Works in the Herald 1934

Today, back in the forest country, on those intermediate heights of Victoria's wooded mountains, ranging, say, from 1500 to 2000 feet above sea level, the wattle bloom begins to attain to the full measure of its golden opulence. Tardier in its blossoming here than upon the plains below, it still holds, for those city dwellers who have not yet grown weary of its ubiquitous yellow, a fairy-like charm, conspiring with the cloudless skies of recent days to make a sentimental symphony in gold and blue.

Quite four months ago or more, the hard green flower buds began to form upon the wattle boughs. For the whole winter through, defying every savage assault of wind and rain, of frost and snow, these valiant, tight-lipped little alchemists pursued their mystic ways, patiently biding their time until the coming of Spring's quickening sun.

Within a week or two the golden glory will be gone and then, one morning in early summer, looking out, someone will exclaim, "Why, every single wattle tree about here is dying.

"Those silver wattles along the creek have hardly a leaf left. A few days ago they were a dense green bank; and now you can see right through them to the hills beyond."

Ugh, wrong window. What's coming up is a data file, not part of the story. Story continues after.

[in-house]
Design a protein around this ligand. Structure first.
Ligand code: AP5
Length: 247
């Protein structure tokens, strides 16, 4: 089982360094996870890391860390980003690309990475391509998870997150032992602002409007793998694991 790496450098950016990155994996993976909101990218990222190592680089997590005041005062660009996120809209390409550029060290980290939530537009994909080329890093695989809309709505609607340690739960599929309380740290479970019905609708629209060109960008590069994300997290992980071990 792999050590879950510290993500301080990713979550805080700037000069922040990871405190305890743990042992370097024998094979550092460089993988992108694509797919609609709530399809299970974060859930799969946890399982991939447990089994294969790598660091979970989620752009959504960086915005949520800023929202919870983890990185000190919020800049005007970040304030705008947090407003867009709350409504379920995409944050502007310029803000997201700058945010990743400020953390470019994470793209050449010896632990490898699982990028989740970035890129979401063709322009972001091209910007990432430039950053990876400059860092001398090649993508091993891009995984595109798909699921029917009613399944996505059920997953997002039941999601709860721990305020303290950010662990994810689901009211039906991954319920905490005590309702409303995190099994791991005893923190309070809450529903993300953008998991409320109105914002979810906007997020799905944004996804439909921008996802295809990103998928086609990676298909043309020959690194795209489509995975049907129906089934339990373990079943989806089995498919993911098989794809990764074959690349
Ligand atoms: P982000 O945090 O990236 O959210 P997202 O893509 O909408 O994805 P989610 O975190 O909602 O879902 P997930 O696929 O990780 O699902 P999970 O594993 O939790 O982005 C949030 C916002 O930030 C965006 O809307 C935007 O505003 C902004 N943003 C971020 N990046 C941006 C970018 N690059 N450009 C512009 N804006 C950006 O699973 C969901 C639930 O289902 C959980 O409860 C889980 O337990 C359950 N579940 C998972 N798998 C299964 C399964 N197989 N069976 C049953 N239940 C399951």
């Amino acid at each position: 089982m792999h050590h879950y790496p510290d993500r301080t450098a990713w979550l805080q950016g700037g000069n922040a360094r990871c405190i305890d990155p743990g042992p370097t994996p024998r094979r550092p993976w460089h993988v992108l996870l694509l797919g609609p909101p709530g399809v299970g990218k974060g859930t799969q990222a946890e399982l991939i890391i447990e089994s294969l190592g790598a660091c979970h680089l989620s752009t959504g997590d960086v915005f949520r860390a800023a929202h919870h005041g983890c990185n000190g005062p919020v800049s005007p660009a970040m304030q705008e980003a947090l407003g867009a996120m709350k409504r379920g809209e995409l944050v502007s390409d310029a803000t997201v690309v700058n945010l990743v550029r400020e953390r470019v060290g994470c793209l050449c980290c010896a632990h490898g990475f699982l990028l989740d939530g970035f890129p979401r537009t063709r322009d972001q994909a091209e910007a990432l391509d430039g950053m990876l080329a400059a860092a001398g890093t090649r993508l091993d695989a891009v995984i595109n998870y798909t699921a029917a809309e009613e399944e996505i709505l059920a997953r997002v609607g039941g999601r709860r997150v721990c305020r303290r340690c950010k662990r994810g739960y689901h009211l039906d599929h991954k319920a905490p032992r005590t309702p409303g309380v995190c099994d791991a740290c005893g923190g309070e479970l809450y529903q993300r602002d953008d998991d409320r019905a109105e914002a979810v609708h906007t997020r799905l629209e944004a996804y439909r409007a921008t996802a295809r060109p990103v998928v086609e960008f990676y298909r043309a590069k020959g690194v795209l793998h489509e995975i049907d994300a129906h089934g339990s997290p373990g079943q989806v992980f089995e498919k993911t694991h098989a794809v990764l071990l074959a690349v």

Well, perhaps the diction will not be quite so stilted as that; but every summer, without fail, someone has found occasion to bewail the apparent doom of the wattles.

Closer inspection reveals a small green caterpillar -- millions, myriads of him to every tree -- quietly and unobtrusively playing havoc with the foliage. He is not to be confused with the green, looping abomination that blighted so many gay gardens last summer, but is far less lively, a rather lethargic wog who apparently lives to eat. One supposes he has a name - and not a very pleasant one.

But before the green gluttons have time to damage the trees beyond recovery, Nemesis arrives one day in the form of flocks of the one and only cuckoo that has not earned my contempt. Ornithologists know him, I believe, as the Golden Bronze Cuckoo.

Bronze-green above and barred brown and white below, he is rather a handsome, brisk little chap. And how he does deal with those green caterpillars! He sings as he eats -- sings rather monotonously, and, while he fails to reach those depths of misery plumbed by his pallid cousin, his brief song -- "Pee-ree! Pee-ree!" -- ends upon a wailful note that is characteristic of his unhappy and parasitic tribe.

A week or so after his advent, the most patient search will fail to discover a single marauding grub. Then the cuckoo also passes on and the ravaged wattles put forth fresh leaves.

As summer draws to its waning the wattle trees begin to assume what is to me their most alluring guise, drooping long tresses of purple-brown as the seed pods change color and ripen in the sun.

Soon after, these, too, fall: and then, one day in late April or early may, when there is a hint of frost in the air, or when, maybe, those nearing drums in the vanguard of winter begin to sound behind the furthest hills, some slightly shivering optimist will remark:

"I saw fresh buds forming on the wattles today. Imagine it! So early! It surely can't be far now to next spring."

And so, round and round the wattle-tree, the march goes on.

"C. J. Dennis"
Herald, 5 September 1934, p6

Copyright © Perry Middlemiss>/b> 2003